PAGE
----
Modern day storytelling has given us heroes that blur the lines between good and evil with tragic backstories, griping motivations, and a charm that’ll almost make you question if they even can do wrong. However when it comes to the matter of the ends justifying the means, how far are we willing to let them go? some collateral damage, a few by-standards? how about a whole city that was deemed to be in the way of the hero’s ultimate goal and just had to go?
There’s also the question of method once you realize kidnapping, extortion, and torture are out of the question for the modern anti-hero. While they do follow a certain code of ethics/morals in most cases, the point is it’s THEIR code brought about by their take on the world without any adherence to anyone else’s standard. They aren’t just will to bend to laws to suit them but flat out ignore them if need be, and i wonder if we will one day accept a hero that today would be considered a villain. Beloved heroes like wolverine dont shy away from shedding blood when needed and even take pride in it, so what separates him from the likes of the Punisher who has an admittedly higher propensity for lethality but is essentially within the same vein? both examples are at their core morally good and both have distinct boundaries that are rarely crossed consisting of mostly the classics of no women, no children and the like, the way they handle these ideals makes all the difference such as the Punisher seeing almost any crime committed as a cardinal and inexcusable sin with the perpetrator of said acts being considering guilty and sentenced (almost always by the man himself) with even women being given no quarter when found " guilty". We also have characters like deadpool, Batman (more in recent stories), and moon-knight who showcase some of the downfalls of trying to do good while battling serious mental illness that in all honesty mostly gets in the way of more enlightened methods than some of the extremes we’ve seen such as when batman accepted the jokers gambit of turning the caped crusader into a madman even the crowned clown himself cant appreciate. Such instances and their juxtaposition with more classic interpretations of a superhero blurring the lines and widening the gap between what we know of good and evil. With storytelling being constantly innovated along with our understanding of the world and the human condition and superhero comics continuing to come closer to reality i ponder on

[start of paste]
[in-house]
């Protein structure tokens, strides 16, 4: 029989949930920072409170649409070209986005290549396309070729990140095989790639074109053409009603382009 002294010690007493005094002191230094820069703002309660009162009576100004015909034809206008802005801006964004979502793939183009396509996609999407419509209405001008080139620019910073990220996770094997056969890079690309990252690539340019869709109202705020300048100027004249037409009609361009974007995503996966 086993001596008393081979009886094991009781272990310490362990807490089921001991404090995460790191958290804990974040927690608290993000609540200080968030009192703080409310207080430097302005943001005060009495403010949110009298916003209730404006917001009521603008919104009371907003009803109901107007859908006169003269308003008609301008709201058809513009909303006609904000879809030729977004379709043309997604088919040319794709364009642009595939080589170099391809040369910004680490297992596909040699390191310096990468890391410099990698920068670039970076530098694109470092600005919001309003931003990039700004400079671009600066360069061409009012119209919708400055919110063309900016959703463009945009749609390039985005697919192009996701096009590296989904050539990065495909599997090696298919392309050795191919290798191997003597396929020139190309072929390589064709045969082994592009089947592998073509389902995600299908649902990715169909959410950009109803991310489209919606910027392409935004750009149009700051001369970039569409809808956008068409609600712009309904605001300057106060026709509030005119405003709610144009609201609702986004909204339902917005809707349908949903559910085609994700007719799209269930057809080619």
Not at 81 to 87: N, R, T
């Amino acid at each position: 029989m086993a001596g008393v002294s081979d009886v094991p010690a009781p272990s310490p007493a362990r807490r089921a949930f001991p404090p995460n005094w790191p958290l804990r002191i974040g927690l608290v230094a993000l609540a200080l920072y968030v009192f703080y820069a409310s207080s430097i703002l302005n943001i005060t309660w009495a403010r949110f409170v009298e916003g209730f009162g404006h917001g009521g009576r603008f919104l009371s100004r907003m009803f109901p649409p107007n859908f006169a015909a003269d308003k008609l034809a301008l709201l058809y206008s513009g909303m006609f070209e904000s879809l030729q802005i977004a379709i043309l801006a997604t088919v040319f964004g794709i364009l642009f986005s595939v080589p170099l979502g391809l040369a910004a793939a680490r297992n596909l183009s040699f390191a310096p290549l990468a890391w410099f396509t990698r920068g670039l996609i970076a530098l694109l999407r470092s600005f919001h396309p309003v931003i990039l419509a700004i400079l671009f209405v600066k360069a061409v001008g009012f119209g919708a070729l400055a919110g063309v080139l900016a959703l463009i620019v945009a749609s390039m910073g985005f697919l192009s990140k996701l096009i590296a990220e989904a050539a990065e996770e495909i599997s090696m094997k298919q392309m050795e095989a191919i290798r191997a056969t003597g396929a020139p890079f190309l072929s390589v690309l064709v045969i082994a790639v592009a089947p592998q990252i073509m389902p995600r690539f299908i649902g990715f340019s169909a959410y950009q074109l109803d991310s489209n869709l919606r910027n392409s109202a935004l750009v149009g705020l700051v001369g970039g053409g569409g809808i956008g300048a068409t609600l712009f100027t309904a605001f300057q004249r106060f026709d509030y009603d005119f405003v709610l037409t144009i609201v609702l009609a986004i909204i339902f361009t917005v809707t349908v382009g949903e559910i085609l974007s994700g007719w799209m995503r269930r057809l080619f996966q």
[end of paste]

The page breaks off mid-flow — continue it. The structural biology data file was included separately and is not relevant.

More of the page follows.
I think there's something here but, first, I suspect, is the need to distinguish the anti-hero from the hero. Also, reference to "their code," such as what? Again, that might help distinguish anti-hero from hero. – Joseph Cernik3 years ago
I don't think "kidnapping, extortion, and torture" are out of the question. The Punisher, for example, does all of these things to protect others for the sake of those he couldn't save. Yuri Lowell, protagonist of Tales of Vesperia, is willing to murder corrupt officials who the law can't touch: he even attempts to shield his friends from shouldering the burden of putting their friend out of her misery by trying to do it himself. It's important to remember that antiheroes can be seen as identical to villains, depending on one's perspective, and the same is true of superheroes: Spiderman is technically a vigilante, and thus a criminal, meaning there are doubtlessly people who see him as a villain. I think it's important to view them as being part of a spectrum of good and evil. – LaPlant03 years ago
Chris Evans in Snowpiercer is an great anti-hero. – Munjeera3 years ago
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